Entrepreneurs Take Caution, The IRS is After You

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Kim Bolin of Horizon Business Solutions explores reasons that the IRS is increasing audits on small businesses. He believes uneducated new business owners may be to blame for the increased IRS audits on established small businesses.

IRS Increasing Audits on Small Businesses

IRS Increasing Audits on Small Businesses

Small business owners and entrepreneurs beware! According to a recent IRS Alert by Beyond415.com, the IRS is increasing audits on small businesses in 2013. The reason for the increase may be to close the gap in lost revenue due to incorrect, or under reported, tax returns. The IRS reported a whopping $450 billion in unpaid taxes per year in their press release on January 6, 2012 (IR-2012-4). It is unlikely that this huge income gap is going untended by the IRS.

Kim Bolin of Horizon Business Solutions believes the IRS is increasing audits on small businesses in 2013, and they are starting with the higher income small businesses. Bolin says, “While smaller businesses that have poor record keeping are more likely causing the tax shortfall, it’s the small businesses that earn between one and three million that the IRS is targeting first.” He further explained that “The one-guy shop doesn’t provide a huge reward to the IRS after they pay their auditors, but the small business person that made 2.5 million in sales, but accidentally classified his rental car reporting incorrectly, is low-hanging fruit to them.”

Unfortunately the tax gap will likely continue to grow as large numbers of new entrepreneurs enter the tax base. Recent economic and business news indicates an up-swing in US entrepreneurship. According to Sarah E, Needleman of The Wall Street Journal there has been an increase in business start-ups in the construction industry during the recent economic slump. Some cite the lack of employment opportunities as a contributing factor to the growth in business start-ups like this recent article on University Entrepreneurships by Dave Lerner at The Huffington Post.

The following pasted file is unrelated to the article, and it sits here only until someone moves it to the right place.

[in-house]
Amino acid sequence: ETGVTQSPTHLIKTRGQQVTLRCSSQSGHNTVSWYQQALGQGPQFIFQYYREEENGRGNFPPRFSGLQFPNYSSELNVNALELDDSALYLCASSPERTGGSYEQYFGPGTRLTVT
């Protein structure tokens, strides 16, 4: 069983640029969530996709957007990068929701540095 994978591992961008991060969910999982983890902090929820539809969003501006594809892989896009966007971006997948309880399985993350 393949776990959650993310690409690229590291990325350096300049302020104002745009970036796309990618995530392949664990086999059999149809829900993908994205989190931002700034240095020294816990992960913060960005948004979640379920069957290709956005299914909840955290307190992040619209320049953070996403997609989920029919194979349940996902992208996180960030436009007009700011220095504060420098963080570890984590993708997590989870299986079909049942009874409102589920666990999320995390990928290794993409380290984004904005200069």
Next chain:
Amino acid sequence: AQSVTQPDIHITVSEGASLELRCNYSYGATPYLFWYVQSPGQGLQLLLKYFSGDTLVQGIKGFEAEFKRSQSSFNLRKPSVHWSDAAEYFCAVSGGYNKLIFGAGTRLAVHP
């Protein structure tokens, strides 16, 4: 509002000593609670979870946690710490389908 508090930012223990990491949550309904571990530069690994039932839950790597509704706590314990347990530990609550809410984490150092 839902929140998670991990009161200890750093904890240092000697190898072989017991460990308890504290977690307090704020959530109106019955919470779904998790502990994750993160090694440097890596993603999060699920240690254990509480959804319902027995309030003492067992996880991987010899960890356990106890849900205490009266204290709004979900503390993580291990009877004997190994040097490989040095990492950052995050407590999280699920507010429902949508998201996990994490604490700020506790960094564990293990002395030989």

Bolin, however, believes a large portion of the new business registrations are a result of a more disturbing nature than the unemployment rate or lagging economy. He believes that people are forced into self-employment due to the continued low minimum wage.

Bolin explains his logic using cost of living averages from areavibes.com.

Minimum wage in Ohio is $7.85 per hour. After Social Security a gross monthly salary would be $1,250.

In Ohio, even a meager amount of monthly groceries would run about $258 for one person. Basic public transportation is around $70 per month. Average utilities are $120 and personal items like clothing and toiletries would be about $100 a month. The lowest possible monthly rent for one person living alone is $800. That’s a total monthly expense of $1,348, which is $98 more than a person working a forty-hour week could earn.

The financial situation of the working poor is forcing more unskilled workers to strike out on their own in an effort to take control over their own financial limitations. Word that there may be a better way to earn a living spreads quickly among people who are in desperate situations. So the nannies, cooks, gardeners, roofers and housekeepers of this country have started working as third party vendors instead of using larger employers and temporary agencies to track their time. That means no W-2 forms are being filed.

On the surface this does not sound inappropriate or un-American; however, scratch a little deeper and you find the tax under-reporting IRS issue that may be causing the $450 billion dollar tax gap.

For decades the IRS has had an easy time of tracking salaries. W-2s provide a simple paper trail for income reporting. In 2012 many of those W-2s have disappeared in favor of taxes filed through sole proprietorships and S-Corporations. Small business tax returns have a larger margin of error than W-2s for income reporting.

Bolin believes much of the under-reporting of income is due to accounting ignorance. “Many of these new business owners are thrown into the complicated financial world of business ownership without proper training or education. Small business ownership is a maze of business license registration, income reporting, and tax filing.” said Bolin.

For most people, the word entrepreneur conjures up a mental image of a business savvy go-getter that is making their way in the market place. Sadly, nothing could be further from reality, according to Dan Robins, long time accountant and financial advisor in Columbus, Ohio. Robins said “It is sad, really. By the time people call me to straighten out their tax issues with the IRS, it is too late. All business owners, no matter how small, should start with a well-trained accountant or bookkeeper to get their tax paper work in order.”

The best thing a small businessperson can do is know what sends up the red flags. Excessive deductions, employee mis-classification and large dividends are just a few areas to be mindful of in the 2013 tax year. It is more important now than ever before to have a professional tax consultant. Bolin advises business owners to keep good records and file correctly to stay below the radar.

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